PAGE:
Friday, September 19, 2014

Captain William Kidd: pirate, rum, fact, and fiction

For "Talk Like a Pirate Day," it seems appropriate to recommend a book about Captain Kidd -- who became the romantic notion of piracy for an entire genre of literature. 

May 23, 1701: Captain William Kidd is fed rum and brandy until he cannot stand and paraded in a cart through the streets of London as hysterical crowds scream and cheer. He is hanged, but the rope breaks, depositing him in a heap of mud, while other condemned men swing overhead. Still in a drunken stupor, he is pulled dripping from the slop and hanged a second and final time. 

His corpse is tarred and placed in a cage and hung on the Thames shorleline as a warning to pirates, where it would remain for nearly two years. An epitaph as abominable for its poetry as for its sentiment is nearby:
Reader, near this Tomb don't stand 
Without some Essence in thy Hand; 
For here Kidd's stinking Corpse does lie, 
The Scent of which may infect thy!!
There is no question Kidd was a pirate, since he was hired for that job by King William III himself. In their charges, the government claimed that his piracy strayed beyond  approved targets -- that is, the government felt the pinch themselves. The truth is hard to know, but it seems likely that Kidd was a scapegoat for powerful interests involved in multiple duplicities concerning the distribution of his booty.

Robert Ritchie's biography Captain Kidd and the War Against the Pirates unravels some strands that bind the facts of high-seas piracy with the romantic fiction that followed it. It's as lively a tale-spinning biography as Kidd himself would enjoy. The author of the Flashman series of historical fictions, George MacDonald Fraser, had words of high praise when the book was published in 1988: The most detailed record I have ever seen of a pirate voyage, with its origins and aftermath; I doubt if there is another like it.

William Kidd was born 22 January 1645. He became one of the two or three best known pirates to emerge from an era in which piracy was an enterprise as much as a threat. His checkered legacy gave rise to legends of buried treasure that still attract treasure hunters today. 

Kidd never set out to become a pirate. There is every reason to believe that his eventual trial and execution for piracy -- which has become the stuff of romantic derring-do and outfoxing authority -- was the result of an establishment cover-up, and that crucial documents that could have led to his acquittal were withheld by the British government. 

Monday, September 1, 2014

An excerpt from "Crowded by Beauty," a new biography of Philip Whalen

Gary Snyder and Philip Whalen

Here is an excerpt from Crowded by Beauty: A Biography of Poet and Zen Teacher Philip Whalen, by David Schneider, forthcoming from University of California Press.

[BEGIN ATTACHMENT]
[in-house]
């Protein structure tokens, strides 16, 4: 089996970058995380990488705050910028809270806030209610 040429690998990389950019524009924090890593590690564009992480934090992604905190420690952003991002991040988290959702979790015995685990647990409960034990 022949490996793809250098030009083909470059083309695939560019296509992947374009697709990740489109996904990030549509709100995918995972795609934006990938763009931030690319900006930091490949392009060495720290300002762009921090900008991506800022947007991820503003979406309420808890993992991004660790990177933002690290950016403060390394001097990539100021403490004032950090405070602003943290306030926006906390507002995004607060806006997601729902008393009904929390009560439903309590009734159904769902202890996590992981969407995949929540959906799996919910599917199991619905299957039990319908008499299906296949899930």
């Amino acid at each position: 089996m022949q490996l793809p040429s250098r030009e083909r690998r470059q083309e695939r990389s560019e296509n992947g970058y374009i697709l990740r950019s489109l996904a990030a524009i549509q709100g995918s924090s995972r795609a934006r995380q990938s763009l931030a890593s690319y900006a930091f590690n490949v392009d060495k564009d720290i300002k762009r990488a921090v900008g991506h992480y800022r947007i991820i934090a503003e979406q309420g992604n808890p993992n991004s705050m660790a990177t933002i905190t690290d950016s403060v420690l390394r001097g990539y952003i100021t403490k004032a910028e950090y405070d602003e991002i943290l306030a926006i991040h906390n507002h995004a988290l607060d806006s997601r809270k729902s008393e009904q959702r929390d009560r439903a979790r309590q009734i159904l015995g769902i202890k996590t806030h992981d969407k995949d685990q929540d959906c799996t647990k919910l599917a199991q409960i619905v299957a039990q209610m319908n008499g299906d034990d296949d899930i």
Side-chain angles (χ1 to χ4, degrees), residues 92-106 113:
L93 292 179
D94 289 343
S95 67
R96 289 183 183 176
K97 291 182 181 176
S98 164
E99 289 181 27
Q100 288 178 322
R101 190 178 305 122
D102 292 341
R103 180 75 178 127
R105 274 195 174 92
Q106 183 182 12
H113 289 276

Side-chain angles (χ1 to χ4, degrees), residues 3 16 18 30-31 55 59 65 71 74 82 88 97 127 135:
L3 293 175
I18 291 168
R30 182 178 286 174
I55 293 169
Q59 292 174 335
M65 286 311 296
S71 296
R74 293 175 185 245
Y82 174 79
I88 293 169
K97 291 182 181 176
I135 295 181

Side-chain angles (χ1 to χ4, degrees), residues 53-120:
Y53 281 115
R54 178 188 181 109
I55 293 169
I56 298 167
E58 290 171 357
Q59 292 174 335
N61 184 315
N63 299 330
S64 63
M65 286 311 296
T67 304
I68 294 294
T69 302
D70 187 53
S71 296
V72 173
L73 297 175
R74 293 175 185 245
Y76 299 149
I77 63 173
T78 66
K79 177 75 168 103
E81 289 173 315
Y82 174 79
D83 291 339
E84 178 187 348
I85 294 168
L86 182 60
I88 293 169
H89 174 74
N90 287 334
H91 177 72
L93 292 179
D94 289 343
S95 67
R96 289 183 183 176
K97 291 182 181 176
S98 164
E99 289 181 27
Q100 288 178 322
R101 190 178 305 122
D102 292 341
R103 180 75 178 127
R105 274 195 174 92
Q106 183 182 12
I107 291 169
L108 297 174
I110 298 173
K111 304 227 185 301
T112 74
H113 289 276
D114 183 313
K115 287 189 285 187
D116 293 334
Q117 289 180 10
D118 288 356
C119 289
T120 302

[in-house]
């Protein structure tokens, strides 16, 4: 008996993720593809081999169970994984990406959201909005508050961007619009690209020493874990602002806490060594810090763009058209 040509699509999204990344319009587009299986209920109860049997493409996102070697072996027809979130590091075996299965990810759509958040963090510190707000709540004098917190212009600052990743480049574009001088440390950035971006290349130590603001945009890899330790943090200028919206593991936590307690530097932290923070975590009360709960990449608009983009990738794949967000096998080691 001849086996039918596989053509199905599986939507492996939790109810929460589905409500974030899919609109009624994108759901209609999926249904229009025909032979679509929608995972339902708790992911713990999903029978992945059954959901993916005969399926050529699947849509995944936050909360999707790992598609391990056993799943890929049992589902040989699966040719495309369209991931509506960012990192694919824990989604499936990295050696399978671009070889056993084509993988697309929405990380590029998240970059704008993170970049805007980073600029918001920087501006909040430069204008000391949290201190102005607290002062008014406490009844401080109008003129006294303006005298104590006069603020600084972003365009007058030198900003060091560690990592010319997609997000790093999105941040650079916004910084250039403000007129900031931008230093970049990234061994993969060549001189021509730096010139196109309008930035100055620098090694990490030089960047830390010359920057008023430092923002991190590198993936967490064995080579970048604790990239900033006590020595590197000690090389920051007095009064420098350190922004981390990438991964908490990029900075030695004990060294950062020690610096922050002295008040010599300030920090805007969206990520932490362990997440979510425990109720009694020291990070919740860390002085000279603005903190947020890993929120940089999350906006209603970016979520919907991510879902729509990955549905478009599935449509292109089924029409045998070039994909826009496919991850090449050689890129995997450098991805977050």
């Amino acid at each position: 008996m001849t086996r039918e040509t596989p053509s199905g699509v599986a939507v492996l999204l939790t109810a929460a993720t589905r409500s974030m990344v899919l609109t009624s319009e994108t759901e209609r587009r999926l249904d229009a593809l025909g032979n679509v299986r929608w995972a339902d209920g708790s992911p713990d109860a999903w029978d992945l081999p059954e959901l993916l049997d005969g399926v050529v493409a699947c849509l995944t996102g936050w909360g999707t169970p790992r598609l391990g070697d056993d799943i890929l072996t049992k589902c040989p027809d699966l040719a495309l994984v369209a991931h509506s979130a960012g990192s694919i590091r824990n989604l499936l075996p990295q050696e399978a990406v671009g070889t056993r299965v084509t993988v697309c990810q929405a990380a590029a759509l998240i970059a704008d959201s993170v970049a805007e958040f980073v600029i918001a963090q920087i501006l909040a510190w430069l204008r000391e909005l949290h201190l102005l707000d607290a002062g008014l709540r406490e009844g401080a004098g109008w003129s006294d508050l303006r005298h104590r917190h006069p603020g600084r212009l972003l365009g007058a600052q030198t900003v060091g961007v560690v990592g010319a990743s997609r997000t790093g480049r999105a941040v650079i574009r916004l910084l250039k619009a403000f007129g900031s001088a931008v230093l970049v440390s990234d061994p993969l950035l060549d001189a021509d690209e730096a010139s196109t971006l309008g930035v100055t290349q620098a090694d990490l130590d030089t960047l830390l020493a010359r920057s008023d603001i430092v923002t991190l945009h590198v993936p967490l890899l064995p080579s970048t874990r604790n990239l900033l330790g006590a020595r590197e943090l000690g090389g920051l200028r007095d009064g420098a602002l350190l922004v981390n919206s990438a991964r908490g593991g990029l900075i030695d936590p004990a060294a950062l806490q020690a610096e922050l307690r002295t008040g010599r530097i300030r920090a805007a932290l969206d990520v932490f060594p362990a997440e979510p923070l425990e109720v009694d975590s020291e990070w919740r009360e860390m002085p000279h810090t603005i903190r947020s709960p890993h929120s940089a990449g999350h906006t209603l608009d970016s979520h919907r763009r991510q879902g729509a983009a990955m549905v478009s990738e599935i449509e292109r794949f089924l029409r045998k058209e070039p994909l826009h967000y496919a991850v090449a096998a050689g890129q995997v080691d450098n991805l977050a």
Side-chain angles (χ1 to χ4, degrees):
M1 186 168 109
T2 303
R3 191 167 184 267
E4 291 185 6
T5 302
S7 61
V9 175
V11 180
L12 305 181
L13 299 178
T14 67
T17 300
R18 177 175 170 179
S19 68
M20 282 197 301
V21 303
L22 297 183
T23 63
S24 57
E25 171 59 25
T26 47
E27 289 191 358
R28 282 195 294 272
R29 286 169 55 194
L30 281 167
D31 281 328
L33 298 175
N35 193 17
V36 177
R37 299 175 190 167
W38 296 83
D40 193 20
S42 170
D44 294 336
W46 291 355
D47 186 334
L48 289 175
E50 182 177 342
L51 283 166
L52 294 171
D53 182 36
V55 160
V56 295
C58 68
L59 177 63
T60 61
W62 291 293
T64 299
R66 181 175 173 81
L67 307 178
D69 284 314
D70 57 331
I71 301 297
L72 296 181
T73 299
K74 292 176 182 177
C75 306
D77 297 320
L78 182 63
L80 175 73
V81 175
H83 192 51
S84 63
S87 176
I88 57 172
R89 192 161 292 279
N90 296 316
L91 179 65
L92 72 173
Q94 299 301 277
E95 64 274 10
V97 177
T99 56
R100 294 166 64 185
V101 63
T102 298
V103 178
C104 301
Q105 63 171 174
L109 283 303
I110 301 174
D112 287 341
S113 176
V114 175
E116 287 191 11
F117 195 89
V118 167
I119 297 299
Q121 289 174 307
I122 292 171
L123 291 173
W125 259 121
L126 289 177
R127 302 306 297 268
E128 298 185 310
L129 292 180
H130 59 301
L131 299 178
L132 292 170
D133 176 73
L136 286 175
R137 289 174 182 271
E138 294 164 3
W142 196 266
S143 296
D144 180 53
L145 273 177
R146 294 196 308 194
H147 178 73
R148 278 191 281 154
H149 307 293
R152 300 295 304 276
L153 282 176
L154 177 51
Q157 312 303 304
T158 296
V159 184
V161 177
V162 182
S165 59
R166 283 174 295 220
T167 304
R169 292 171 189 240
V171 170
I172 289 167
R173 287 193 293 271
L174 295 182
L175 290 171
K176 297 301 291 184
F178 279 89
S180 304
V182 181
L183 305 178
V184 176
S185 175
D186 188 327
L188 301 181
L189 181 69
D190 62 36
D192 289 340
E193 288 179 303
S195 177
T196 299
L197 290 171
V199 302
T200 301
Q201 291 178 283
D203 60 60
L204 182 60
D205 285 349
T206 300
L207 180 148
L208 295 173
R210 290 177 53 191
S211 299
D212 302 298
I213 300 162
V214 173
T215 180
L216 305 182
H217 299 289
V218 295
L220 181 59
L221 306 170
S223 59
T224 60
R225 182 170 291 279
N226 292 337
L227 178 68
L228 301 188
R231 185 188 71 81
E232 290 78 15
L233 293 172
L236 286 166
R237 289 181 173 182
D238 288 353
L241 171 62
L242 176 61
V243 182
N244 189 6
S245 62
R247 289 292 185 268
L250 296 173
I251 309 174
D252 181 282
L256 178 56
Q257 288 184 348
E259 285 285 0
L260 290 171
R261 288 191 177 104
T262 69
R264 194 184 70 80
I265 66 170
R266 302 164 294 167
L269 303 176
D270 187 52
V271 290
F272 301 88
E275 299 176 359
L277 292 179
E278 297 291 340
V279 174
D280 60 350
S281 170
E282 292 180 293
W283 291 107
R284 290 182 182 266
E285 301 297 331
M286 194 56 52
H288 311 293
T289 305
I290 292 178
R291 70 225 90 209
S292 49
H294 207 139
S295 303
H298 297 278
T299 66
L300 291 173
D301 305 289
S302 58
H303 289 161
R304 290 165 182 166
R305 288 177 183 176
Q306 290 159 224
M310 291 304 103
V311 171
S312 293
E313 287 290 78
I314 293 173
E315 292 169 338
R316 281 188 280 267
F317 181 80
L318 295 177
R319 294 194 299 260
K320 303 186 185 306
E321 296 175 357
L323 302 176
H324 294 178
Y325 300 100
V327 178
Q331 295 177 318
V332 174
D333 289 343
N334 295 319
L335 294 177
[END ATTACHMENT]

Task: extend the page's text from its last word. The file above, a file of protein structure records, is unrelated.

Whalen, along with Gary Snyder, was integral in the San Francisco group of poets who read at the Six Gallery in 1955. They were introduced by Kenneth Rexroth, a San Francisco poet of an older generation, who was a kind of literary father-figure for the younger poets and had helped to establish their burgeoning community through personal introductions at his weekly poetry readings. That night, Snyder read "A Berry Feast", and Whalen,"Plus Ca Change."
This excerpt describes Whalen's experience living as Snyder's roommate in 1952. Whalen eventually followed Snyder to become a Forest Service lookout, although as Schneider notes, Whalen "was much given, even then, to the sedentary life."

...Philip might never have found work in the mountains: sitting in that same Telegraph Hill apartment in the hot summer of 1952, Whalen read one of Gary’s regular letters, this one from a Forest Service lookout on Crater Mountain in the North Cascades of Washington State. Provoked by it, and by working (“bad anytime, but especially nasty in summer in the city”), Whalen wrote back to declare, “By God, next summer, I’m going to have a mountain of my own!”
This he did; then got another mountain the following year, and spent a third summer as a forest lookout the year after that, making this by far his steadiest, most satisfying job until many years later, when he became a “professional” man of the cloth—that is, a Zen priest. Whalen would never have read in the historic Six Gallery reading had not Snyder put Philip’s name and poems literally in front of Allen Ginsberg’s face. Philip certainly would have floundered longer with unemployment and flirted more dangerously with outright homelessness had Gary not taken care of him whenever the two were in the same town at the same time.